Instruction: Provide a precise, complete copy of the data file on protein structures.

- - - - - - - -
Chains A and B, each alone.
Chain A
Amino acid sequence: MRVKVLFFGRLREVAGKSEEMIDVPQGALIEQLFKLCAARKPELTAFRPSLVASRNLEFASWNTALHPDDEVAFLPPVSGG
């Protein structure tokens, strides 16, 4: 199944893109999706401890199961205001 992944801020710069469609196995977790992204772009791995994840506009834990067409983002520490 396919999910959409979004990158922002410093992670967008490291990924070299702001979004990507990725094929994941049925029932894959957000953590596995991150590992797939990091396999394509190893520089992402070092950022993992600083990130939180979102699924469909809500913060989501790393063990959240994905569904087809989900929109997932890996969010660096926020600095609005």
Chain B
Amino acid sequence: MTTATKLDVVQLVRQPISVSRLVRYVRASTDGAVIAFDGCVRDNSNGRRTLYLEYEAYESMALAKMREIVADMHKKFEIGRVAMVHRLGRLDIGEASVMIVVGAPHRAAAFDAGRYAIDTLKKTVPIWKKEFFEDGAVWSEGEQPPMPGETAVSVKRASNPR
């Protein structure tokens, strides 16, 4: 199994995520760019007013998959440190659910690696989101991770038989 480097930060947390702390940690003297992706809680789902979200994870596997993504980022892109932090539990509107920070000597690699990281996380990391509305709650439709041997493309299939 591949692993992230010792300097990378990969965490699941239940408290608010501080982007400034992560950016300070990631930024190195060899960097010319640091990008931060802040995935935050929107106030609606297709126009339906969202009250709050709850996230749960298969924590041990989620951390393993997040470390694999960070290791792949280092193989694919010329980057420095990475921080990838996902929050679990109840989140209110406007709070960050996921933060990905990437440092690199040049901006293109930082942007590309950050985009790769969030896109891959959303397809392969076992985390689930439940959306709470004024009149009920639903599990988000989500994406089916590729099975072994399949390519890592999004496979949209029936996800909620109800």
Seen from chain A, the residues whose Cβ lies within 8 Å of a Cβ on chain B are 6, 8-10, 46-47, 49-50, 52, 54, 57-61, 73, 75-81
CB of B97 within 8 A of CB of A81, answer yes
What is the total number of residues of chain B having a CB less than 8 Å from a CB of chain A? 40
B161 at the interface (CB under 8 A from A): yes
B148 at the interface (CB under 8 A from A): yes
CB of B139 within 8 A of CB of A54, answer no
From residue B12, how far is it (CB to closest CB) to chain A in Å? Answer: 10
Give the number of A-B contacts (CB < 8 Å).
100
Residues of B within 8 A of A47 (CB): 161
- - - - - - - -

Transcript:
Chains A and B, each alone.
Chain A
Amino acid sequence: MRVKVLFFGRLREVAGKSEEMIDVPQGALIEQLFKLCAARKPELTAFRPSLVASRNLEFASWNTALHPDDEVAFLPPVSGG
């Protein structure tokens, strides 16, 4: 199944893109999706401890199961205001 992944801020710069469609196995977790992204772009791995994840506009834990067409983002520490 396919999910959409979004990158922002410093992670967008490291990924070299702001979004990507990725094929994941049925029932894959957000953590596995991150590992797939990091396999394509190893520089992402070092950022993992600083990130939180979102699924469909809500913060989501790393063990959240994905569904087809989900929109997932890996969010660096926020600095609005």
Chain B
Amino acid sequence: MTTATKLDVVQLVRQPISVSRLVRYVRASTDGAVIAFDGCVRDNSNGRRTLYLEYEAYESMALAKMREIVADMHKKFEIGRVAMVHRLGRLDIGEASVMIVVGAPHRAAAFDAGRYAIDTLKKTVPIWKKEFFEDGAVWSEGEQPPMPGETAVSVKRASNPR
């Protein structure tokens, strides 16, 4: 199994995520760019007013998959440190659910690696989101991770038989 480097930060947390702390940690003297992706809680789902979200994870596997993504980022892109932090539990509107920070000597690699990281996380990391509305709650439709041997493309299939 591949692993992230010792300097990378990969965490699941239940408290608010501080982007400034992560950016300070990631930024190195060899960097010319640091990008931060802040995935935050929107106030609606297709126009339906969202009250709050709850996230749960298969924590041990989620951390393993997040470390694999960070290791792949280092193989694919010329980057420095990475921080990838996902929050679990109840989140209110406007709070960050996921933060990905990437440092690199040049901006293109930082942007590309950050985009790769969030896109891959959303397809392969076992985390689930439940959306709470004024009149009920639903599990988000989500994406089916590729099975072994399949390519890592999004496979949209029936996800909620109800």
Seen from chain A, the residues whose Cβ lies within 8 Å of a Cβ on chain B are 6, 8-10, 46-47, 49-50, 52, 54, 57-61, 73, 75-81
CB of B97 within 8 A of CB of A81, answer yes
What is the total number of residues of chain B having a CB less than 8 Å from a CB of chain A? 40
B161 at the interface (CB under 8 A from A): yes
B148 at the interface (CB under 8 A from A): yes
CB of B139 within 8 A of CB of A54, answer no
From residue B12, how far is it (CB to closest CB) to chain A in Å? Answer: 10
Give the number of A-B contacts (CB < 8 Å).
100
Residues of B within 8 A of A47 (CB): 161